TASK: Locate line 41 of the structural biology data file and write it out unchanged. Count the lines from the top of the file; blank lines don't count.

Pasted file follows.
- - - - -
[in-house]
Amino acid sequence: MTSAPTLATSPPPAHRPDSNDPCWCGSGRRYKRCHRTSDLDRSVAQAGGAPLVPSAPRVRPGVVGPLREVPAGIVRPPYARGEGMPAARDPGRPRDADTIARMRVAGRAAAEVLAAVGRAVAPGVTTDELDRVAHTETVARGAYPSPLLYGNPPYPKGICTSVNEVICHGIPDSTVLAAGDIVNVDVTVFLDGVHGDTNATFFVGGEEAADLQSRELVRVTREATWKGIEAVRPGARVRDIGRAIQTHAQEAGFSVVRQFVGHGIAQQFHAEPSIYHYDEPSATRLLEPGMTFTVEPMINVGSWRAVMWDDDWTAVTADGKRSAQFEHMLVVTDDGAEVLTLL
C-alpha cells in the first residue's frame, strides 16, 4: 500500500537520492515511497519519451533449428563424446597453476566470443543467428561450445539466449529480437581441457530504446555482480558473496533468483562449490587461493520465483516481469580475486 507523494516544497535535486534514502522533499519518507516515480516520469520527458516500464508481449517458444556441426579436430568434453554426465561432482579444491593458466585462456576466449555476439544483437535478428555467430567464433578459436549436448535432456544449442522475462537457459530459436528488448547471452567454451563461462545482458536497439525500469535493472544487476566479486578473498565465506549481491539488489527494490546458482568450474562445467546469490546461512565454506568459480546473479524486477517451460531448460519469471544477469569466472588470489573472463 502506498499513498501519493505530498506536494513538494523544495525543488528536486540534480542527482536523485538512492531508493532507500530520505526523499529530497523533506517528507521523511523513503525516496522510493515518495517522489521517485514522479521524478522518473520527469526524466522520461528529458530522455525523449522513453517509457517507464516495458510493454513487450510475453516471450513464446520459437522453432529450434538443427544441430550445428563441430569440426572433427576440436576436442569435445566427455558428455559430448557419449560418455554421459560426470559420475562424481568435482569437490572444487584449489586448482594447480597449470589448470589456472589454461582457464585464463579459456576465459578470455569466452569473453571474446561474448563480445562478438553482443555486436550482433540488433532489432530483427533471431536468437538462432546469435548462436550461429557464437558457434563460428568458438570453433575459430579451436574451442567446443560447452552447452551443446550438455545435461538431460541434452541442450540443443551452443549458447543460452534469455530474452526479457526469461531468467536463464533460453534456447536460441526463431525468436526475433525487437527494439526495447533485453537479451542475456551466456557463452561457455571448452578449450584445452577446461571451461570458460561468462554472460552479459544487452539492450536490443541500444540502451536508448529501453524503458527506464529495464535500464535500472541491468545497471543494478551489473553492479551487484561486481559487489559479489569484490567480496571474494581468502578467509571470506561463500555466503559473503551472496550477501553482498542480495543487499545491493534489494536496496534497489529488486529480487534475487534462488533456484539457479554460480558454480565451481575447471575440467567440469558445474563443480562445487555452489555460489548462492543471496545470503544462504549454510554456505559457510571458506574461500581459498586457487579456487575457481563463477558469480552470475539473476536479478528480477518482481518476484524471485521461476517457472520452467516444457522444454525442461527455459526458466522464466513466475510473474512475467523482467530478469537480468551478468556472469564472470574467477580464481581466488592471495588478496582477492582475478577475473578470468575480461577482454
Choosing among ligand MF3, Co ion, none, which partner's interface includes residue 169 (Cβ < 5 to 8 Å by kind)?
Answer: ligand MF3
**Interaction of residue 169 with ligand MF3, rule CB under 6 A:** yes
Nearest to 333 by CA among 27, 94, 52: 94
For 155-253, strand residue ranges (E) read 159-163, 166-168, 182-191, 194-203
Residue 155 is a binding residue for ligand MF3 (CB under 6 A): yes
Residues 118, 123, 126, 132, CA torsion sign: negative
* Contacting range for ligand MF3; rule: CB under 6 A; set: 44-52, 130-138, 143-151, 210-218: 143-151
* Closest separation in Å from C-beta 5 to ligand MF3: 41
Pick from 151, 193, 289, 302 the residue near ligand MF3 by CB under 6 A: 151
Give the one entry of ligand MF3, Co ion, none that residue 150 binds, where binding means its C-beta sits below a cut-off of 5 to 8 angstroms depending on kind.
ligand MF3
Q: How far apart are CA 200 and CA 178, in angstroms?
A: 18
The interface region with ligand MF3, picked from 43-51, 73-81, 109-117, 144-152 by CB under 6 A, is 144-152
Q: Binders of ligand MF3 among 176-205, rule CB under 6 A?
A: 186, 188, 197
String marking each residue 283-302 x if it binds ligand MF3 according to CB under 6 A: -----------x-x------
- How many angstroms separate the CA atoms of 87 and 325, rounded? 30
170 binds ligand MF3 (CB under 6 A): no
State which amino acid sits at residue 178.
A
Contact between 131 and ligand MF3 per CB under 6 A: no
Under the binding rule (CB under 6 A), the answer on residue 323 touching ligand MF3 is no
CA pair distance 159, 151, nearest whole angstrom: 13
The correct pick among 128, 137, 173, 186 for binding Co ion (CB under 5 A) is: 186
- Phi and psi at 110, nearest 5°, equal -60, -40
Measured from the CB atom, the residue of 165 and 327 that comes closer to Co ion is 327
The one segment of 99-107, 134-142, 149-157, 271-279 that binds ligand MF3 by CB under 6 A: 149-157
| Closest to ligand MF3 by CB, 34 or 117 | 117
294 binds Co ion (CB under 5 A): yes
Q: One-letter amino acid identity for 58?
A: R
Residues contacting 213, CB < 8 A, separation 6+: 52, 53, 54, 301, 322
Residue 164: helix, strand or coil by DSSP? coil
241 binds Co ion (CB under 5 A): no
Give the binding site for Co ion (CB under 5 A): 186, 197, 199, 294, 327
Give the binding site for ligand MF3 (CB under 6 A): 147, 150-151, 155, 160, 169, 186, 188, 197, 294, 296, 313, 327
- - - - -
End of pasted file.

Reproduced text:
Give the binding site for ligand MF3 (CB under 6 A): 147, 150-151, 155, 160, 169, 186, 188, 197, 294, 296, 313, 327